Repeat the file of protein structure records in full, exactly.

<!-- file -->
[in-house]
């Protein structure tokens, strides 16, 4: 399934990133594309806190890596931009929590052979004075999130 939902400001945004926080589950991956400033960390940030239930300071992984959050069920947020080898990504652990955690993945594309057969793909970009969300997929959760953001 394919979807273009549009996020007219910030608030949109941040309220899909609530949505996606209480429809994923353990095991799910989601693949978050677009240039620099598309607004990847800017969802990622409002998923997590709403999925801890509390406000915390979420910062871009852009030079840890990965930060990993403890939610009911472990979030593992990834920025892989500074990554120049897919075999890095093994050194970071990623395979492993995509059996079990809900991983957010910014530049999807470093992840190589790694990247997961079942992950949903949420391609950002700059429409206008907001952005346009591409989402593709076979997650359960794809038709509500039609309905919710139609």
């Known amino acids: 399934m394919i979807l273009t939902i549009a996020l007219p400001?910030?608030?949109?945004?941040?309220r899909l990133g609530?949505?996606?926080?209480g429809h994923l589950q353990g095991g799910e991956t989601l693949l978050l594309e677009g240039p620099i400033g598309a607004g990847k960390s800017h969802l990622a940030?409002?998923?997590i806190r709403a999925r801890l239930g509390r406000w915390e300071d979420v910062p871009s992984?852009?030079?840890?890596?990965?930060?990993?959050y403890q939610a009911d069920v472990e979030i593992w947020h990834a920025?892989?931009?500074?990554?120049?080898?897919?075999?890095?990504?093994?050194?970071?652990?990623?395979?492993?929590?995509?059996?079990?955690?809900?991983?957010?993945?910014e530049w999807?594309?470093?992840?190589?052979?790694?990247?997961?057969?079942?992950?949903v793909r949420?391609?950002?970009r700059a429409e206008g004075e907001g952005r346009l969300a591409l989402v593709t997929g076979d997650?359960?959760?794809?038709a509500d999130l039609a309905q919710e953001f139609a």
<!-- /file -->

[in-house]
């Protein structure tokens, strides 16, 4: 399934990133594309806190890596931009929590052979004075999130 939902400001945004926080589950991956400033960390940030239930300071992984959050069920947020080898990504652990955690993945594309057969793909970009969300997929959760953001 394919979807273009549009996020007219910030608030949109941040309220899909609530949505996606209480429809994923353990095991799910989601693949978050677009240039620099598309607004990847800017969802990622409002998923997590709403999925801890509390406000915390979420910062871009852009030079840890990965930060990993403890939610009911472990979030593992990834920025892989500074990554120049897919075999890095093994050194970071990623395979492993995509059996079990809900991983957010910014530049999807470093992840190589790694990247997961079942992950949903949420391609950002700059429409206008907001952005346009591409989402593709076979997650359960794809038709509500039609309905919710139609």
């Known amino acids: 399934m394919i979807l273009t939902i549009a996020l007219p400001?910030?608030?949109?945004?941040?309220r899909l990133g609530?949505?996606?926080?209480g429809h994923l589950q353990g095991g799910e991956t989601l693949l978050l594309e677009g240039p620099i400033g598309a607004g990847k960390s800017h969802l990622a940030?409002?998923?997590i806190r709403a999925r801890l239930g509390r406000w915390e300071d979420v910062p871009s992984?852009?030079?840890?890596?990965?930060?990993?959050y403890q939610a009911d069920v472990e979030i593992w947020h990834a920025?892989?931009?500074?990554?120049?080898?897919?075999?890095?990504?093994?050194?970071?652990?990623?395979?492993?929590?995509?059996?079990?955690?809900?991983?957010?993945?910014e530049w999807?594309?470093?992840?190589?052979?790694?990247?997961?057969?079942?992950?949903v793909r949420?391609?950002?970009r700059a429409e206008g004075e907001g952005r346009l969300a591409l989402v593709t997929g076979d997650?359960?959760?794809?038709a509500d999130l039609a309905q919710e953001f139609a």